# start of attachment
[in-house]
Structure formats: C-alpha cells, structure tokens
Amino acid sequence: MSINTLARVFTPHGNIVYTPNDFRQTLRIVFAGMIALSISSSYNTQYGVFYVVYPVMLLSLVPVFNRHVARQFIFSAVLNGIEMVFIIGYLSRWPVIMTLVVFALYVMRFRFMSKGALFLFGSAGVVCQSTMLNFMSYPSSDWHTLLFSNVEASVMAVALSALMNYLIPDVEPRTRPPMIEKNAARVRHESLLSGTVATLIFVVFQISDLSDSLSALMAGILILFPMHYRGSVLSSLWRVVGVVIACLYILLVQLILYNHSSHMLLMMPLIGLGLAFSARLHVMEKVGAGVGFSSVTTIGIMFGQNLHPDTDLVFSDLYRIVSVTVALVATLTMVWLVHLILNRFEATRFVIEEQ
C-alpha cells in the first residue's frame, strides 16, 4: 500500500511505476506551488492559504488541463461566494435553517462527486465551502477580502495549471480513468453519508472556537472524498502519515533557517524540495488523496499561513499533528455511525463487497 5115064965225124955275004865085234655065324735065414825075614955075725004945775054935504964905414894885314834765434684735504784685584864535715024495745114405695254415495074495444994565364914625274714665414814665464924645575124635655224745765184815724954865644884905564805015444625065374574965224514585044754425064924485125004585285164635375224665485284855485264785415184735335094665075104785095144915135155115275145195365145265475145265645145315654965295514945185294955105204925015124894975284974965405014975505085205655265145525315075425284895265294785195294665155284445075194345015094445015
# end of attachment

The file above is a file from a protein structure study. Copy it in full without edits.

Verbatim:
[in-house]
Structure formats: C-alpha cells, structure tokens
Amino acid sequence: MSINTLARVFTPHGNIVYTPNDFRQTLRIVFAGMIALSISSSYNTQYGVFYVVYPVMLLSLVPVFNRHVARQFIFSAVLNGIEMVFIIGYLSRWPVIMTLVVFALYVMRFRFMSKGALFLFGSAGVVCQSTMLNFMSYPSSDWHTLLFSNVEASVMAVALSALMNYLIPDVEPRTRPPMIEKNAARVRHESLLSGTVATLIFVVFQISDLSDSLSALMAGILILFPMHYRGSVLSSLWRVVGVVIACLYILLVQLILYNHSSHMLLMMPLIGLGLAFSARLHVMEKVGAGVGFSSVTTIGIMFGQNLHPDTDLVFSDLYRIVSVTVALVATLTMVWLVHLILNRFEATRFVIEEQ
C-alpha cells in the first residue's frame, strides 16, 4: 500500500511505476506551488492559504488541463461566494435553517462527486465551502477580502495549471480513468453519508472556537472524498502519515533557517524540495488523496499561513499533528455511525463487497 5115064965225124955275004865085234655065324735065414825075614955075725004945775054935504964905414894885314834765434684735504784685584864535715024495745114405695254415495074495444994565364914625274714665414814665464924645575124635655224745765184815724954865644884905564805015444625065374574965224514585044754425064924485125004585285164635375224665485284855485264785415184735335094665075104785095144915135155115275145195365145265475145265645145315654965295514945185294955105204925015124894975284974965405014975505085205655265145525315075425284895265294785195294665155284445075194345015094445015